Q: Have you ever feared for your life as a consequence of working with such content?  Has anyone in your family expressed concern?

A: Not really. There are scores of books out there about the drug traffic and guerrillas, including plenty of non-fiction actually naming names, so there is really no motivation for these people to come after a fiction author living presently within the U. S. I certainly wouldn’t carry a copy of  The DMZ down to Colombia to visit and actually had a former missionary captive ask me not to include his name in the book’s dedication because he still hopes to return to the DMZ area someday to minister.

Q: Your vision, “to share my own heartfelt conviction that for all the turmoil and conflict and pain in our world, this universe DOES make sense and has both a purpose and a loving Creator,” is broad enough to encompass many forms of writing. Why did you choose to write fiction?

A: I am a story teller by nature, and people are story-hearers. People have been reacting more strongly to a story than a simple impartation of facts clear back to the first replay of a victorious battle around a campfire. Christ knew the power of story-telling. As Madelaine L’Engle said once, ‘Jesus wasn’t a theologian. He was God telling stories.’  And for me, telling stories is a creative gift woven into my being as art and music are into others.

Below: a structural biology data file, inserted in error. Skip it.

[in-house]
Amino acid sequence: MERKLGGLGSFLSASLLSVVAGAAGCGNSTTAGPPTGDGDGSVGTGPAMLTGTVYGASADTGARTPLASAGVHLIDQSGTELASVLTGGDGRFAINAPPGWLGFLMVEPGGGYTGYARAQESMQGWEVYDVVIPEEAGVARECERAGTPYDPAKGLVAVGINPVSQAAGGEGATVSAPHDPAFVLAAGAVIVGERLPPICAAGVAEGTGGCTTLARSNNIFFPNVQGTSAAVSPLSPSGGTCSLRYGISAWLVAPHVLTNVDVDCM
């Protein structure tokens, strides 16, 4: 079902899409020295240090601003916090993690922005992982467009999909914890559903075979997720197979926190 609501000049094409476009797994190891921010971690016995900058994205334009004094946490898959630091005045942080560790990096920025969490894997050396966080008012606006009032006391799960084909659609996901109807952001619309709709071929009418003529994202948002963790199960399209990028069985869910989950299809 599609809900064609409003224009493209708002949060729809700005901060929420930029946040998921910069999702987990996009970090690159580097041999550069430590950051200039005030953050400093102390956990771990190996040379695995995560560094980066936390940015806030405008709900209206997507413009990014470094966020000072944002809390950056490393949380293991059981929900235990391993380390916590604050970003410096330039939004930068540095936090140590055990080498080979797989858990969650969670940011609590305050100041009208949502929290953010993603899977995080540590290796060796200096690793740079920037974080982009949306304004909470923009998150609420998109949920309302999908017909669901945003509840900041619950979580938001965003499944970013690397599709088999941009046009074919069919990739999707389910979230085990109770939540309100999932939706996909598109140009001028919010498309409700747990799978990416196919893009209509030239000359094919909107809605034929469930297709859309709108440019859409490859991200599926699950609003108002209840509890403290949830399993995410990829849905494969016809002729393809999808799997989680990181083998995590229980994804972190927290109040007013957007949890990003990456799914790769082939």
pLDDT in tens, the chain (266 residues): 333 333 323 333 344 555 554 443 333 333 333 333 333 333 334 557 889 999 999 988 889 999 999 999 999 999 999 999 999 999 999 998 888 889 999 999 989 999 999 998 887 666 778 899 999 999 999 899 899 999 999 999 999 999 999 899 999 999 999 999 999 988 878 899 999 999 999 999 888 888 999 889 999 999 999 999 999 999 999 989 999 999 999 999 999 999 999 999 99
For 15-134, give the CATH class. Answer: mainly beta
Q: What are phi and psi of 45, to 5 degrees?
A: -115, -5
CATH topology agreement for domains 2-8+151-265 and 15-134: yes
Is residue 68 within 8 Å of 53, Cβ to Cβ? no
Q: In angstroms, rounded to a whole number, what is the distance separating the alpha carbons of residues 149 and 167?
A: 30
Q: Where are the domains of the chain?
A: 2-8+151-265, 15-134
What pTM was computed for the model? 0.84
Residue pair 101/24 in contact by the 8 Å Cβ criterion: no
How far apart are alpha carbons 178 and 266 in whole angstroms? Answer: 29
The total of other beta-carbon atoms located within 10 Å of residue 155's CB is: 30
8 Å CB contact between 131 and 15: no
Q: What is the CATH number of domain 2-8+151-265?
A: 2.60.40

We can assert intellectually our belief in a spiritual truth, even share how God revealed it in our own lives—and hope that our readers will agree with us. But when we weave that same truth into the pages of a book, we are carrying our reader into a world where he can experience that truth for himself, feel along with our characters the pain of betrayal, the joy of friendship, the darkness of injustice, the despair of evil and the hope of God’s righteousness and power emerging triumphant. In essence, live the spiritual journey of the protagonists—and author—along with them instead of simply being told about it.

Q: What is your opinion of the future of fiction as a category in the CBA market?